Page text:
Emily M. Schehlein, MD
My top ophtho moment of 2019 was my research trip across the world! This year, I was able to spend almost 4 weeks at the Aravind Eye Institute in Southern India. I have worked remotely with Aravind since I was a first-year medical student on projects involving environmental sustainability and cataract surgery, so I was thrilled to further our international research collaborations in person.
The Aravind Eye Care System is the largest eye care provider in the world and routinely serves a population of approximately 100 million people. They have a hub-and-spoke model of care, which allows for expansion of eye care services from their base hospitals through screening camps, typically conducted in rural villages. Our research project involved creating a novel eye camp model with an electronic health record and fundus photography to investigate referral rates for posterior segment disease and the cost-effectiveness of such an intervention.
During my time abroad, I observed Aravind’s world-class surgeons in the operating theatre, traveled to many rural villages and eye camps in Southern India, saw rare pathology and innovative treatments, ate and learned how to make traditional South Indian cuisine, and picked up a few words of Tamil. One of my favorite experiences was getting to know the residents at Aravind and seeing how an ophthalmology residency training program is organized in another country. I can’t wait to go back—I miss those dosas!
Patrick Commiskey, MD
Consults—the daunting first-year rotation in which you’re up all night, seeing everything under the sun, ruling out the papilledemas and fungemias, culturing ulcers, temporizing and triaging acute issues, and following up on complex neuro-ophthalmology patients. It can be a lot. My top moment of 2019 happened when an elderly pseudophakic man came into the emergency department with vision loss, very high IOP, and peripheral iris bowing. After making a diagnosis of capsular block, I promptly treated him. During the procedure, I watched his lens-iris diaphragm move into place. That was the moment—a second of present awareness and peace: “Thank you, iris, for returning into place.” A moment of beauty and my patient felt so much better. We’ll see him again soon in clinic.
And, of course, the biggest news: My wife and I welcomed Patrick William Commiskey Jr into the world on January 15, 2020. He is our joy. We Crigler massage OS TID with love.
Valentina Lozano, MD
My top moment of 2019 was moving from Florida to Canada and starting fellowship with Iqbal Ike K. Ahmed, MD, FRCSC, at the University of Toronto. As most residencies go, before coming to Canada my exposure to surgical glaucoma care was primarily trabeculectomy and tube shunt implantation. With Dr. Ahmed, however, I’ve learned to perform a wide range of new procedures and have been exposed to the most cutting-edge technologies and devices available. The ability to truly do everything possible to help patients with glaucoma has been nothing short of amazing. Learning from the best has been an added bonus!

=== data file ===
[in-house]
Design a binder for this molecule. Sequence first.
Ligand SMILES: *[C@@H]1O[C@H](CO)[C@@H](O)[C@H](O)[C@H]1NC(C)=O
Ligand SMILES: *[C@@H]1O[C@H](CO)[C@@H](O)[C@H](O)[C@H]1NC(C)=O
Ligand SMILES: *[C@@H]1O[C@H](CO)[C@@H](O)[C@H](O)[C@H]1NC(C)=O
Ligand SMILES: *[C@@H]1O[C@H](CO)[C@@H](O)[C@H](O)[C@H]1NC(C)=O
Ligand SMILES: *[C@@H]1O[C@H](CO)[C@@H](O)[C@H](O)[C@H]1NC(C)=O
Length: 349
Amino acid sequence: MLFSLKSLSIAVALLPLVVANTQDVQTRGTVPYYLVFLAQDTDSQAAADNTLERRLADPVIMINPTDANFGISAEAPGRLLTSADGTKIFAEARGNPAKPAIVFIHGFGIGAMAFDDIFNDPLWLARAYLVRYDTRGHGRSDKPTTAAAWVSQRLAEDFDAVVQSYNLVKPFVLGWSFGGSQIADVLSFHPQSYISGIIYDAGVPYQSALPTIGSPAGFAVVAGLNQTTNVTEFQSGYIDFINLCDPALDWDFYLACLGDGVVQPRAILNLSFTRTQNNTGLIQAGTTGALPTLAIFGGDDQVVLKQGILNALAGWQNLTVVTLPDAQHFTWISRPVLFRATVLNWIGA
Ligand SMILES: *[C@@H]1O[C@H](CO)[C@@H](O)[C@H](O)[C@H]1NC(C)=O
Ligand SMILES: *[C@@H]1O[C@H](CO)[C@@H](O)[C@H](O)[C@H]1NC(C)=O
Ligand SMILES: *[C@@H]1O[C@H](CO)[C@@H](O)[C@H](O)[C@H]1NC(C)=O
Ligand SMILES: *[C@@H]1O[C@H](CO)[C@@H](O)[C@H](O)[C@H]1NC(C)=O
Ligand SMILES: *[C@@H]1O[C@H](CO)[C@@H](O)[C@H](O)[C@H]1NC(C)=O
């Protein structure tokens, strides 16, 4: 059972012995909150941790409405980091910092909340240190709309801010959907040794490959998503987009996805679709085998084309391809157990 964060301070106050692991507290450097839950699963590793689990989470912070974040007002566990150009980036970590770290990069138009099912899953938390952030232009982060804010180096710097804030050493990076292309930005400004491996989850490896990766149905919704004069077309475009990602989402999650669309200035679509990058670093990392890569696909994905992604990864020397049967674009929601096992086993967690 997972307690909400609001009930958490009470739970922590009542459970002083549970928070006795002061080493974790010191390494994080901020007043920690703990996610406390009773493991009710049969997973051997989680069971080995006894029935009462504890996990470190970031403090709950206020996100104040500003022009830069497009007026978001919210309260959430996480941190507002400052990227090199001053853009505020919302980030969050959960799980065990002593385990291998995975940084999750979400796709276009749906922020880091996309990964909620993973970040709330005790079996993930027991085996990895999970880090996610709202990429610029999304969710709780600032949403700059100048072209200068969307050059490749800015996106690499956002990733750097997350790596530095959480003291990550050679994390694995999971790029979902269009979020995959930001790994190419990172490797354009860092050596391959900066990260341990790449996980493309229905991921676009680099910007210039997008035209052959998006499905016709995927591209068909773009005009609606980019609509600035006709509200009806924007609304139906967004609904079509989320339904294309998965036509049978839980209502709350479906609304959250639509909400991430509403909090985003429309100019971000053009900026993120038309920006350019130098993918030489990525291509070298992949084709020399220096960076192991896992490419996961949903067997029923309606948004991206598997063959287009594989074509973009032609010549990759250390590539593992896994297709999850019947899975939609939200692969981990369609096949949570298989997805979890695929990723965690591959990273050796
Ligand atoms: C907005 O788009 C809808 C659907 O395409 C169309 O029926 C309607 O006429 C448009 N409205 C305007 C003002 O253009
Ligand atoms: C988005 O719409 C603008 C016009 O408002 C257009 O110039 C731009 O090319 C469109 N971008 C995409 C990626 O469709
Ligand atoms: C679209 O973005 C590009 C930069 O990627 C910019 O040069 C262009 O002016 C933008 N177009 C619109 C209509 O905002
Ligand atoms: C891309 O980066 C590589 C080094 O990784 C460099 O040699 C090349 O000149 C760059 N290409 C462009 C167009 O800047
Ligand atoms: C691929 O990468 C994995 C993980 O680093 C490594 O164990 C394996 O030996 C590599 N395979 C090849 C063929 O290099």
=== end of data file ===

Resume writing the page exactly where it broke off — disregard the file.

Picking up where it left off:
C. Andrés Benatti, MD
This year was an intense one for our profession, with new technology launches and educational experiences continuing to change the ophthalmology game. If I had to choose my most important moments of this year, I would say first was the Oftalmo University (OU) meeting. We held our inaugural OU meeting in Cancun, and it was truly a unique experience to bring together dozens of colleagues from all over the world. Second, the 2019 ASCRS annual meeting—held in my favorite city, San Diego!—offered us updates on the latest trends and technologies. This event provided a mandatory update for the first half of the year.
Concerning our patients, I would highlight the results we are having with asymmetric intracorneal segments for keratoconus. In 2019, we started a new protocol, and the results continue to surprise us: happy patients who recover an unbeatable visual capacity. Additionally, as a sports fan, I had the honor of operating on the World Champion and current Captain of the Argentinian team (my home country) of basque palette/frontball. Javier, a high-level international sportsman, decided to leave his contact lenses and undergo a topography-guided refractive surgery for astigmatism correction.
Unquestionably, 2019 was a great year, and I hope we all have an even better 2020!
Dagny Zhu, MD
This past year was a revolutionary one for ophthalmic innovation. As one of the youngest practice owners and one of few female refractive surgeons in the country, I personally found 2019 to be a year filled with tremendous fear and uncertainty but, ultimately, professional growth and personal triumph.
Perhaps my proudest achievement of 2019 was when I became one of the first surgeons in the country, and possibly the first in Los Angeles County, to implant the newly FDA-approved PanOptix trifocal IOL (Alcon) last fall. Having the opportunity to offer my patients the latest technology and, at the same time, be the first of anything this early in my career has been nothing short of a blessing. Through the almost 200 trifocal lenses I have implanted so far, it has been an honor to help my patients achieve the closest thing we have to natural, functioning vision. I am very excited to present my outcomes at the ASCRS meeting this spring.
Last year, I shared many stories like these on my Instagram account (@dzeyemd), which has grown to become one of the largest ophthalmology accounts on the platform. Overall, 2019 was an incredible year for doctors on social media, and these tools have changed the way we interact with our patients for the better. My goal in 2020 is to continue using social media to educate patients on the latest technologies and to empower my fellow young ophthalmologists to thrive in modern-day ophthalmic practice.